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New York Times exec: Avoid channel-based thinking in publishing

nytimes

NEW YORK — A New York Times executive at Mobile Marketer's Mobile FirstLook: Strategy 2014 conference said that publishers should approach mobile as a completely new medium that is different from every other marketing tactic.

During the “Content, Media and Publishing: Monetization and Advertising Challenges Loom Large" session, executives from USA Today, The New York Times, Yahoo and Mindshare discussed how mobile is impacting the publishing world. The panel was moderated by Lauren Johnson, associate reporter at Mobile Marketer, New York.

“We come to mobile like this is just another platform, we’ve seen radio go to television, we’ve seen print go to Web,” said Michael Zimbalist, senior vice president of ad products and research and development at The New York Times, New York. “I would sort of challenge everyone to think of mobile as a platform shift of a different order, because we’ve never seen a platform shift that’s invaded people’s lives in such a profound way.

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“I think the default case of saying ‘We’ve published for the Web, so we know how to publish for mobile' leads to a model that’s very Web-like,” he said.

“Can we avoid the channel-based thinking? What are the habits that are forming, how throughout the day are they changing, and then try to build our own editorial products to match and then find ads to match.”

Native ads
One of the more buzzworthy topics in publishing today is native advertising, and each of the session’s panelists had something to say about the new format.

The New York Times recently added native advertising to their digital publication in a site redesign (see story).

The key issue with native advertising is demarcating the content as sponsored and clearly making consumers’ aware of the differences.

“We put a lot of thought into thinking about how to do it in a way that makes it completely clear that it’s a paid program they’re looking at, so you’ll see paid posts,” Mr. Zimbalist said. “It has the same discovery tools that we make available throughout our editorial operation as well.

“We think it’s a very big development for the digital advertising,” he said. “It’s a way to allow us to offer something that is unique and can’t be commoditized. We’re very bullish on the opportunity for native ads.”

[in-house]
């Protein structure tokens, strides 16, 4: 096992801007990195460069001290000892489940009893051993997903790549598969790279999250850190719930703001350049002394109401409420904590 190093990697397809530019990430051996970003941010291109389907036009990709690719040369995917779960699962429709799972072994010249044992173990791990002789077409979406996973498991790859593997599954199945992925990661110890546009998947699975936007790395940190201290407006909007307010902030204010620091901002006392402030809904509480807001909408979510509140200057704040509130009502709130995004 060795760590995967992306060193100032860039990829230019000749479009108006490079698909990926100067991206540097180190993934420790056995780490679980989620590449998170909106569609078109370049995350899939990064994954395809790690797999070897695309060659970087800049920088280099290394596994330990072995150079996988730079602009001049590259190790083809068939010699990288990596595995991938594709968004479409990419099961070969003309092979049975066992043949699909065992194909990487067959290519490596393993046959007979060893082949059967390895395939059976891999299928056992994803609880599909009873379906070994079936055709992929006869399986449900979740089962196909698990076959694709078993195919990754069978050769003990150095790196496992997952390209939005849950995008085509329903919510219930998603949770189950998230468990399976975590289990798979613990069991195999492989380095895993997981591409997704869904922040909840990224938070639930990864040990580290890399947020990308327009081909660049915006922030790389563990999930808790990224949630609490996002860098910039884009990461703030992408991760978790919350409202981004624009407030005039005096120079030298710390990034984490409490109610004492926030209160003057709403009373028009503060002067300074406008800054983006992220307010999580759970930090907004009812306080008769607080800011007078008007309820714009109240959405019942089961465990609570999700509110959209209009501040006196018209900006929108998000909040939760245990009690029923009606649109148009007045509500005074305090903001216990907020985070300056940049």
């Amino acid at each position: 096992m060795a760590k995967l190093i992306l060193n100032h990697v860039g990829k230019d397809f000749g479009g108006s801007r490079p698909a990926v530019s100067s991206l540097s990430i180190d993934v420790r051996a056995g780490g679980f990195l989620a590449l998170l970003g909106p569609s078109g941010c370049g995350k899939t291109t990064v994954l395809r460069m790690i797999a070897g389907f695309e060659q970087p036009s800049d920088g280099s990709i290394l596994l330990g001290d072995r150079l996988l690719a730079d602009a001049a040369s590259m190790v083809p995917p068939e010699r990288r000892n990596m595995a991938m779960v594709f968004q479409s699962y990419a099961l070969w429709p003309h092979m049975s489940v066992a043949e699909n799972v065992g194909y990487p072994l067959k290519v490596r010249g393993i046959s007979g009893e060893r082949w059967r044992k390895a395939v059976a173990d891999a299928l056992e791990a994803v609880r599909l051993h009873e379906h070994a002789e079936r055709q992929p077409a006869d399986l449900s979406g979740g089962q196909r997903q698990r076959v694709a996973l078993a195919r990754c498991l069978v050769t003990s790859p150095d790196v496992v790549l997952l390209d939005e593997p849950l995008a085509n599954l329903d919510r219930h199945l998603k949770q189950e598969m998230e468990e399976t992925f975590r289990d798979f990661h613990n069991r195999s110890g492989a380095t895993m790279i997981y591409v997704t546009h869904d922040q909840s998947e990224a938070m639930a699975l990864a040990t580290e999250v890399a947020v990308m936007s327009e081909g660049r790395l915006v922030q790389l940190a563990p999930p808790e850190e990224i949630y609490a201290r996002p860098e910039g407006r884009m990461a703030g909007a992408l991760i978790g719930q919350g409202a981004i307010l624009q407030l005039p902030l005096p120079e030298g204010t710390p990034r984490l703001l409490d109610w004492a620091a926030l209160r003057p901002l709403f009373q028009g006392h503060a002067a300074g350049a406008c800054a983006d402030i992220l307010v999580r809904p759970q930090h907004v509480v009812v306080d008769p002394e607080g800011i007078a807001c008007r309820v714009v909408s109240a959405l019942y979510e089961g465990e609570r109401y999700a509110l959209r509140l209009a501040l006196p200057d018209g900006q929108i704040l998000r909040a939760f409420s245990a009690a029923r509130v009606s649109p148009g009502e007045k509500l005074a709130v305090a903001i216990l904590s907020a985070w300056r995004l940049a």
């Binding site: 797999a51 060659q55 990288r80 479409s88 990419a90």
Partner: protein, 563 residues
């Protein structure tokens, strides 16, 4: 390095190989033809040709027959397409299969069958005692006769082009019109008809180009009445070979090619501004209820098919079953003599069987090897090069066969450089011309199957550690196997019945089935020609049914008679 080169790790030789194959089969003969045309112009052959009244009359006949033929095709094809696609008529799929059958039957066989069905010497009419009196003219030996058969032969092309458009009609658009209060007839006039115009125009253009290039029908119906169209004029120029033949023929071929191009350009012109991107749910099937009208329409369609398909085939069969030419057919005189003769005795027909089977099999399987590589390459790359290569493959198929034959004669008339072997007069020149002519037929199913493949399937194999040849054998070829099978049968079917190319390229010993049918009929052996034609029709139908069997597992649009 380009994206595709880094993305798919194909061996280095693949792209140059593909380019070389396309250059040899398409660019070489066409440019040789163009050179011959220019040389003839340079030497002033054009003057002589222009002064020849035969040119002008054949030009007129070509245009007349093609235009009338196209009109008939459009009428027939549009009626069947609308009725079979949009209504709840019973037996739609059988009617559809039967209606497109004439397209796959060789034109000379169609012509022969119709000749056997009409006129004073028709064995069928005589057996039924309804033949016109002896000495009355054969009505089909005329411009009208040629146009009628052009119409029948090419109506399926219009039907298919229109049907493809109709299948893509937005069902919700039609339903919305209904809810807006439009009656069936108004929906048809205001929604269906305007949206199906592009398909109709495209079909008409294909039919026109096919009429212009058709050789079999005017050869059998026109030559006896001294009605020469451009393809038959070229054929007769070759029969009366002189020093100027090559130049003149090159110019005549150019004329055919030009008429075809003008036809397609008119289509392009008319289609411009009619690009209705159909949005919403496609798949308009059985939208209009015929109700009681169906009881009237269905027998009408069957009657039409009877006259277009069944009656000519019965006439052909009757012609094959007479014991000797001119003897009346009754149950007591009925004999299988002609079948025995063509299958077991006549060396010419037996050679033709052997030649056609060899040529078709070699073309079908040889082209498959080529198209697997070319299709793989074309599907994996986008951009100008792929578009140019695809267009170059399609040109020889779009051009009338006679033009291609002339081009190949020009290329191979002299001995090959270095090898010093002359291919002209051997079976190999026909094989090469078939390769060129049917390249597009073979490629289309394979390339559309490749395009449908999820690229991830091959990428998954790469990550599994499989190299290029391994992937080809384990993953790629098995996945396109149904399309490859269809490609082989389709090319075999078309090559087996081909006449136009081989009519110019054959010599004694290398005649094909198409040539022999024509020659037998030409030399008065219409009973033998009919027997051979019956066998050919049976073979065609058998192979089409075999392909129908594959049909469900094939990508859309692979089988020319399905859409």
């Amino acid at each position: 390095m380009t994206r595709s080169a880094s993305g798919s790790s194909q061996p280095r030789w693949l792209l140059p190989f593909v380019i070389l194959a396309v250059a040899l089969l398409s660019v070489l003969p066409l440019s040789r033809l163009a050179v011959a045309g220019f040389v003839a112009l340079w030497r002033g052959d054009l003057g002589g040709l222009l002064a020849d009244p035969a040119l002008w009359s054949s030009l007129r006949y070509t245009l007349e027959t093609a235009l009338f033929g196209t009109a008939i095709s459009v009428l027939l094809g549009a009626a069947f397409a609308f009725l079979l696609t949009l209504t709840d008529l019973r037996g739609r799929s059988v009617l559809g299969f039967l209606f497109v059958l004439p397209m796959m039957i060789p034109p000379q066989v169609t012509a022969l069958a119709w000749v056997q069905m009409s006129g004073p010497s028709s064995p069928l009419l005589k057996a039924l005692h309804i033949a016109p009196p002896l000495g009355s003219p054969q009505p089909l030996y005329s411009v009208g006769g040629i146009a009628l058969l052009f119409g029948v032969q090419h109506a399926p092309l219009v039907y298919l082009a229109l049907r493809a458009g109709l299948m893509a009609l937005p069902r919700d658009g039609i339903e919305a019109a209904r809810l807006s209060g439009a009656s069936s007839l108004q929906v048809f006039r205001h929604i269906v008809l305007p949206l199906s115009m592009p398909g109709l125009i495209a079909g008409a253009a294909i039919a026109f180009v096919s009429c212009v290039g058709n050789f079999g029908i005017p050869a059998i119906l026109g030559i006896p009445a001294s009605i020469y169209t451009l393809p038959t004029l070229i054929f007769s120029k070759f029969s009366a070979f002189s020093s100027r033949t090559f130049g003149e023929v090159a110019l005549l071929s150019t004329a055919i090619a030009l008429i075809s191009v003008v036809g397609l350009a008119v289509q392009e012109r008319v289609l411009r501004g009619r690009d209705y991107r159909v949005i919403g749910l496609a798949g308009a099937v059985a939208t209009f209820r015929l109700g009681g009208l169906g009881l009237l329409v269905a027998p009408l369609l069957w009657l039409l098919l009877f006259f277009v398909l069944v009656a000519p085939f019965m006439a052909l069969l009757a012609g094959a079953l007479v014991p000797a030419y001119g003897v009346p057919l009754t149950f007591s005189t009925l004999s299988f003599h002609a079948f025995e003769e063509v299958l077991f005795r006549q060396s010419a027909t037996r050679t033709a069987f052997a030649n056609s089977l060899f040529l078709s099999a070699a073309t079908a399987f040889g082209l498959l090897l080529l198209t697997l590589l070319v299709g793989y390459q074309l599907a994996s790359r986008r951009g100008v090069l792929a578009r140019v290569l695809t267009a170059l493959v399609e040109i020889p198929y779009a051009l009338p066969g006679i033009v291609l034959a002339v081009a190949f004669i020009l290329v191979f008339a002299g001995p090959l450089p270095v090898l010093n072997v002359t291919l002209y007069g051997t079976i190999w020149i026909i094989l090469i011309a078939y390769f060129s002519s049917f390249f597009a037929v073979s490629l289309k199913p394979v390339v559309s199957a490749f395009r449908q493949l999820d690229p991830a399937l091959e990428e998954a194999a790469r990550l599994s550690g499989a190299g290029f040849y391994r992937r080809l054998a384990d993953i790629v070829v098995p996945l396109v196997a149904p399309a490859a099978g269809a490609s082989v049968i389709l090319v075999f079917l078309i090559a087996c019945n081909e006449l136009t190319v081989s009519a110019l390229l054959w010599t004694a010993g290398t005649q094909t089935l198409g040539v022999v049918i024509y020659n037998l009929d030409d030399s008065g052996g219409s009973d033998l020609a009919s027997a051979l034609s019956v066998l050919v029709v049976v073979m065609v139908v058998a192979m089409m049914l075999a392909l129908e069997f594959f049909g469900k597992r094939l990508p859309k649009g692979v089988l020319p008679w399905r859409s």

Craig Etheridge, senior vice president of digital and mobile ad sales at USA Today, McLean, VA, said that USA Today is still experimenting with native advertising.

He did share that native advertising is working better for the publisher on tablet. Since consumers tend to spend more time reading on a tablet, native advertising can more easily fit into the experience.

“We don’t want to just put banner ads in, we want to have ad units that are high-impact,” Mr. Etheridge said. “Over the past few years we’ve seen our mobile revenue represent 20 to 25 percent of revenue. We try to create true integration across a brand.”


The panel

Programmatic buying
Another buzz word in mobile publishing is programmatic buying.

Craig Weinberg, director of mobile at Mindshare, New York, is enthusiastic about the prospects of programmatic for publishers.

“In a conceptual way, programmatic should be a gift to a brand or agency,” he said. “It should allow a lot more time to think about big ideas and strategy because in a way we have compartmentalized media buying to a machine that’s for the most part going to be able to optimize better than a human being.

“But we’re not there yet. Publishers are still very resistant.”

According to USA Today's Mr. Etheridge, the publisher has embraced programmatic buying and has a separate team devoted to the tactic. Programmatic allows for more efficiency, but USA Today still incorporates more traditional buying and sponsorships.

While the New York Times plays down the importance of programmatic buying as “only part of the mix," a panelist from Yahoo said that the company is invested in the area.

Yahoo is also focusing on catering to the unique qualities of mobile as it applies to advertising.

“We’ve been thinking about curated and summarized content because we know the mobile user wants quick access,” said Patrick Albano, vice president of social, mobile and innovation sales at Yahoo, Sunnyvale, CA. “That’s been really successful and we’ve seen that permeate to advertising.”

Final Take
Rebecca Borison is editorial assistant on Mobile Marketer, New York

Rebecca Borison is editorial assistant on Mobile Marketer. Reach her at rebecca@mobilemarketer.com.

 
Related content: Media, mobile, mobile marketing, Yahoo, Patrick Albano, Mindshare, Craig Weinberg, USA Today, Craig Etheridge, New York Times, Michael Zimbalist

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